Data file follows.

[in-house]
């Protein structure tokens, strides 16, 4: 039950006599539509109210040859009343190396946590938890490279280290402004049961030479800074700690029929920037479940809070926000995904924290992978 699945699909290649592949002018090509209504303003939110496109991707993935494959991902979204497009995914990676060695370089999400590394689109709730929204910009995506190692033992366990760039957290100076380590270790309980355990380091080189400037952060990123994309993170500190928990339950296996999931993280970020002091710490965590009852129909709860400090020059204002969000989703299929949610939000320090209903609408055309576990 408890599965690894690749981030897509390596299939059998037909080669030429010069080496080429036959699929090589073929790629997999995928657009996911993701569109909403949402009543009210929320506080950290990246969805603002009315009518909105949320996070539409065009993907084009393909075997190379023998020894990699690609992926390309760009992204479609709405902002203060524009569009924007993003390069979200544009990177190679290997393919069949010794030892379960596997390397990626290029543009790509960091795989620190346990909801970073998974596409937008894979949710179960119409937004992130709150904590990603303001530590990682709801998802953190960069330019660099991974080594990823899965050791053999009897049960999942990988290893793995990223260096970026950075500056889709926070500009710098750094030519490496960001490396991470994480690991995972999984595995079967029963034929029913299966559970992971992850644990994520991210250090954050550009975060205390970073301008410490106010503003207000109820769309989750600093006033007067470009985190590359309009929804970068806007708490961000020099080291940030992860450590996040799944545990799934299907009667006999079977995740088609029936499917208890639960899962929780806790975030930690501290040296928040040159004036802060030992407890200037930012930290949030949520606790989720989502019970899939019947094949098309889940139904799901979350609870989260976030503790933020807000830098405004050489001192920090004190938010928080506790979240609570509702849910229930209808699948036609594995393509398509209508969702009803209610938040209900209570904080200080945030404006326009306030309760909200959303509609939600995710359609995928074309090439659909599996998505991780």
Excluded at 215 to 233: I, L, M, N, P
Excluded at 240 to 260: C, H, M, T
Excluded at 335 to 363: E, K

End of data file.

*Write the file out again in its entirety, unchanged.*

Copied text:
[in-house]
């Protein structure tokens, strides 16, 4: 039950006599539509109210040859009343190396946590938890490279280290402004049961030479800074700690029929920037479940809070926000995904924290992978 699945699909290649592949002018090509209504303003939110496109991707993935494959991902979204497009995914990676060695370089999400590394689109709730929204910009995506190692033992366990760039957290100076380590270790309980355990380091080189400037952060990123994309993170500190928990339950296996999931993280970020002091710490965590009852129909709860400090020059204002969000989703299929949610939000320090209903609408055309576990 408890599965690894690749981030897509390596299939059998037909080669030429010069080496080429036959699929090589073929790629997999995928657009996911993701569109909403949402009543009210929320506080950290990246969805603002009315009518909105949320996070539409065009993907084009393909075997190379023998020894990699690609992926390309760009992204479609709405902002203060524009569009924007993003390069979200544009990177190679290997393919069949010794030892379960596997390397990626290029543009790509960091795989620190346990909801970073998974596409937008894979949710179960119409937004992130709150904590990603303001530590990682709801998802953190960069330019660099991974080594990823899965050791053999009897049960999942990988290893793995990223260096970026950075500056889709926070500009710098750094030519490496960001490396991470994480690991995972999984595995079967029963034929029913299966559970992971992850644990994520991210250090954050550009975060205390970073301008410490106010503003207000109820769309989750600093006033007067470009985190590359309009929804970068806007708490961000020099080291940030992860450590996040799944545990799934299907009667006999079977995740088609029936499917208890639960899962929780806790975030930690501290040296928040040159004036802060030992407890200037930012930290949030949520606790989720989502019970899939019947094949098309889940139904799901979350609870989260976030503790933020807000830098405004050489001192920090004190938010928080506790979240609570509702849910229930209808699948036609594995393509398509209508969702009803209610938040209900209570904080200080945030404006326009306030309760909200959303509609939600995710359609995928074309090439659909599996998505991780």
Excluded at 215 to 233: I, L, M, N, P
Excluded at 240 to 260: C, H, M, T
Excluded at 335 to 363: E, K